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I thought, I understood unicode and python. But this issue confuses me a lot. Look at this small test program:

# -*- coding: utf-8 -*-

class TestC(object):

    def __str__(self):
        return u'äöü'

import sys
print sys.version
print sys.stdin.encoding
print sys.stdout.encoding    
print u'öäü' #this works
x = TestC()
print x #this doesn't always work

When I run this from my bash terminal on ubuntu, I get the following result:

2.7.3 (default, Aug  1 2012, 05:14:39) 
[GCC 4.6.3]
Traceback (most recent call last):
  File "test_mod.py", line 14, in <module>
    print x #this doesn't '
UnicodeEncodeError: 'ascii' codec can't encode characters in position 0-2: ordinal not in range(128)

However, when I run the same thing from within eclipse (using the pydev module), both print statements work flawlessly. The console windows says:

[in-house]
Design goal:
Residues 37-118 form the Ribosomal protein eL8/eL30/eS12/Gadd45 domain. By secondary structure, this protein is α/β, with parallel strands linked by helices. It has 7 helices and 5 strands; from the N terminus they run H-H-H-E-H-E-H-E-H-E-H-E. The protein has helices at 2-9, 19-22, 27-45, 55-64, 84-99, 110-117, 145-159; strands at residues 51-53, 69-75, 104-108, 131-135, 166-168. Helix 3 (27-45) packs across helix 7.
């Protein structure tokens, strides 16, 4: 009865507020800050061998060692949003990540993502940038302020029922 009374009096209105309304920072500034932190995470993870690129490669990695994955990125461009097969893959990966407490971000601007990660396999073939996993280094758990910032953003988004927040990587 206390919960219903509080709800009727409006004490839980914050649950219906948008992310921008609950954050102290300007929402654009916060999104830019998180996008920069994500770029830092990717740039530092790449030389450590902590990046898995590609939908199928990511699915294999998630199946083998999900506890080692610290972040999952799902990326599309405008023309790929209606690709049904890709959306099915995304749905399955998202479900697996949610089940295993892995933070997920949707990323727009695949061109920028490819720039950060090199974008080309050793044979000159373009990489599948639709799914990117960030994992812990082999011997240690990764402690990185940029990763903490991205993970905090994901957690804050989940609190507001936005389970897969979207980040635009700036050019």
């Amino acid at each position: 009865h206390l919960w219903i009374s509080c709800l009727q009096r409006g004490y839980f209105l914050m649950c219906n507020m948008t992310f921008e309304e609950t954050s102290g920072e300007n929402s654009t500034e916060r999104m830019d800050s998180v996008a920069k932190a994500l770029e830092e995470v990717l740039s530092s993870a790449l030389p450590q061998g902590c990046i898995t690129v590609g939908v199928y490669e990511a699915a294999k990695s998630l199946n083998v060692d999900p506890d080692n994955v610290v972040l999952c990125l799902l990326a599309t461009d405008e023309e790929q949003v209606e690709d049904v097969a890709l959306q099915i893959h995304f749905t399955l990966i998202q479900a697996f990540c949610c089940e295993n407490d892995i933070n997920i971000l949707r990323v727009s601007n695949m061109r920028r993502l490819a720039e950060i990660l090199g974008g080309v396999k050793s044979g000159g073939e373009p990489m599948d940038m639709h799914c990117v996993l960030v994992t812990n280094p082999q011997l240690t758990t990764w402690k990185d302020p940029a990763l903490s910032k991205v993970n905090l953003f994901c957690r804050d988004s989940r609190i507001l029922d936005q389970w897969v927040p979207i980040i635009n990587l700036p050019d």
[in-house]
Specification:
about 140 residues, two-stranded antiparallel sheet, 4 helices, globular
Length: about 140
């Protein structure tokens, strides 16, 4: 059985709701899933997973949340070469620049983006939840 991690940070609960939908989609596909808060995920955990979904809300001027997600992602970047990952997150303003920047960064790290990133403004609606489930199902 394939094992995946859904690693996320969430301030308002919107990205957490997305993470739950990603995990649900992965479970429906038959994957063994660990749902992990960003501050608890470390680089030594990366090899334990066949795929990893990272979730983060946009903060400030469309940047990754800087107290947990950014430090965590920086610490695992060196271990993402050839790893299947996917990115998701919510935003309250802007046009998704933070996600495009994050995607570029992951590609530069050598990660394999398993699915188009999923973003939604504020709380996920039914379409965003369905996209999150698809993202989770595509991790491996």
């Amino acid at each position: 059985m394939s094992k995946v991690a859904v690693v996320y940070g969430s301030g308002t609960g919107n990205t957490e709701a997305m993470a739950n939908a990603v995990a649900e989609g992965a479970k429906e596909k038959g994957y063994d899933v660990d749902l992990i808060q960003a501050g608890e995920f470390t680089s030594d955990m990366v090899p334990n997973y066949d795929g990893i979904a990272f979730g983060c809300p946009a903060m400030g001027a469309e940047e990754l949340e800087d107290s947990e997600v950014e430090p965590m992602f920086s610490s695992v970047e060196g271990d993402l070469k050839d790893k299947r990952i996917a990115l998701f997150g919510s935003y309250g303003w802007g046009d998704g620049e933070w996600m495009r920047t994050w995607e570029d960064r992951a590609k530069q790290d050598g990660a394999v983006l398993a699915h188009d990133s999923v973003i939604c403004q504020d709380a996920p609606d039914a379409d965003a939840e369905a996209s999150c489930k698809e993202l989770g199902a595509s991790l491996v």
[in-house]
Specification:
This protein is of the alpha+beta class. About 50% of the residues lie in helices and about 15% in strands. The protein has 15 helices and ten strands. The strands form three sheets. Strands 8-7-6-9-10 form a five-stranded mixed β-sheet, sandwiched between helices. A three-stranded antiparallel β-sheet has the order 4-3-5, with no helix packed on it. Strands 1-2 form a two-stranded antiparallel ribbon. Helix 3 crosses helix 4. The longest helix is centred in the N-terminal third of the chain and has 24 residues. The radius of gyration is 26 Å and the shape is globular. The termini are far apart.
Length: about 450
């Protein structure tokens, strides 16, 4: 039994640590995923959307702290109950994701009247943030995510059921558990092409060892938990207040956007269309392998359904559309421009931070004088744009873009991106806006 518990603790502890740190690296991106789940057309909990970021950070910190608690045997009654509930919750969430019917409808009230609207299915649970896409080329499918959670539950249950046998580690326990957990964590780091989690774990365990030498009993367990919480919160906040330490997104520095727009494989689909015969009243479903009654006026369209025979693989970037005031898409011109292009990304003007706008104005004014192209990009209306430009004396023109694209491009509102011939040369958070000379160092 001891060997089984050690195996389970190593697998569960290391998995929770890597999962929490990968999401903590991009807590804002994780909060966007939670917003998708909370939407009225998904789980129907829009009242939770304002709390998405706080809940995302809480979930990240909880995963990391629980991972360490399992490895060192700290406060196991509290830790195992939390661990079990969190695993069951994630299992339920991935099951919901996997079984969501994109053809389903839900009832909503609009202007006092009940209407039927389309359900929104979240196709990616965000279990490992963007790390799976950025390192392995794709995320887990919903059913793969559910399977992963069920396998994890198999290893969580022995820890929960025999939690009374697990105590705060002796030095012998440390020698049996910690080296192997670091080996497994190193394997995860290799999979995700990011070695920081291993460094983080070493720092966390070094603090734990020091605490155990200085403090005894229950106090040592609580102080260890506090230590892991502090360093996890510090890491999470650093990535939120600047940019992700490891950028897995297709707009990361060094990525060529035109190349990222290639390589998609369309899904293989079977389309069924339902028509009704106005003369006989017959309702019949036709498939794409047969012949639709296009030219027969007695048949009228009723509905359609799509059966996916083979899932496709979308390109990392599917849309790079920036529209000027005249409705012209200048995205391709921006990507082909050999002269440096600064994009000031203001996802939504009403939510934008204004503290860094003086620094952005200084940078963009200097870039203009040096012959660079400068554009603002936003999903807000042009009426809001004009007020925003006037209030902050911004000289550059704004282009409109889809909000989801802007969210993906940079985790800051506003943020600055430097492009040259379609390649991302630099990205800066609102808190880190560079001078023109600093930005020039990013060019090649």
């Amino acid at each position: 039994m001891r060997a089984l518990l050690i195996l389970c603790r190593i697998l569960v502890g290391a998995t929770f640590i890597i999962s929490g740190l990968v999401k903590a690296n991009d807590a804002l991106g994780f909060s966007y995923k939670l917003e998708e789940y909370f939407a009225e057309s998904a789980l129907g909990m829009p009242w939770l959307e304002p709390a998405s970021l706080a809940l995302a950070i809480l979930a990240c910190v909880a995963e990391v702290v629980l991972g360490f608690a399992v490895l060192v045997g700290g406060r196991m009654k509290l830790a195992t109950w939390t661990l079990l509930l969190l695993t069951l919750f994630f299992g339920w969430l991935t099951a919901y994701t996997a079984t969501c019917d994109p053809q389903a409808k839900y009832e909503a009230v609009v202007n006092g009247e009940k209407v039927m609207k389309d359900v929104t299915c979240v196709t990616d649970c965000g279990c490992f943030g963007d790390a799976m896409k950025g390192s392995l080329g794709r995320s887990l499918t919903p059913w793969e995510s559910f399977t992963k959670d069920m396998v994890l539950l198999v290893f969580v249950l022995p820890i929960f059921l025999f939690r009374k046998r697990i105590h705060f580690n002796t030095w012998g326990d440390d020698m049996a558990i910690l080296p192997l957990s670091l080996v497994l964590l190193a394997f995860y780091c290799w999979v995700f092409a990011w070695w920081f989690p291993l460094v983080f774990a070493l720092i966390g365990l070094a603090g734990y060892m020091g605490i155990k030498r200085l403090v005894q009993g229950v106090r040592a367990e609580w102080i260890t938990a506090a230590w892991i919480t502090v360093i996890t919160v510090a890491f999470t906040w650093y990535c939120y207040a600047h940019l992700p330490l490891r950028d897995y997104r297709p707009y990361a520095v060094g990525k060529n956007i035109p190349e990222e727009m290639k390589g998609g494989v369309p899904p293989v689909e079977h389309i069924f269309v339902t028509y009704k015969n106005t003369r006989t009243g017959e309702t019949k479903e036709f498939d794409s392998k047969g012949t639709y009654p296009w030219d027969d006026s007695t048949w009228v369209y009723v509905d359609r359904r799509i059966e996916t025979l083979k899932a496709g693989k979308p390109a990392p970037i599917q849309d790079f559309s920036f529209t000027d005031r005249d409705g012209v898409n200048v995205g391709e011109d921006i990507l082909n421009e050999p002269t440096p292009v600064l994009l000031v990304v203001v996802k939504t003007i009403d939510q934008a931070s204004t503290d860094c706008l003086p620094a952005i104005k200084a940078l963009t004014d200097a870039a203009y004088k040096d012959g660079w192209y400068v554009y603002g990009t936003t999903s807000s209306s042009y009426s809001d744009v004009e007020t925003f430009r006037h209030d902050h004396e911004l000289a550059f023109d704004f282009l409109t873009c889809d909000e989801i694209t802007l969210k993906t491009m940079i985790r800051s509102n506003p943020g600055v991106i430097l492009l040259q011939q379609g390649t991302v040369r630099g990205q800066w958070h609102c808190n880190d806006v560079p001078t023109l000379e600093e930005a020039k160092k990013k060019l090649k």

2.7.3 (default, Aug  1 2012, 05:14:39) 
[GCC 4.6.3]

Can someone please explain to me what the issue is? Why does the __str__ method work in one case but not in the other? What is the best way to fix this?

share|improve this question
Why would you want to return unicode from a __str__ function? –  Daniel Roseman Oct 10 '12 at 17:57
As Edward has pointed out, the right place to return my unicode string is probably the _unicode_ method. But I am still wondering: Why does the wrong code work in my eclipse environment (that seems to be identical) ? –  Pappenheimer Oct 11 '12 at 10:57

1 Answer 1

up vote 3 down vote accepted

See this related question: Python __str__ versus __unicode__

Basically, you should probably be implementing the special method __unicode__ rather than __str__, and add a stub __str__ that calls __unicode__:

def __str__(self):
    return unicode(self).encode('utf-8')
share|improve this answer
Thanks a lot. But do you have an idea on why it works in one case but fails in the other? –  Pappenheimer Oct 11 '12 at 10:54

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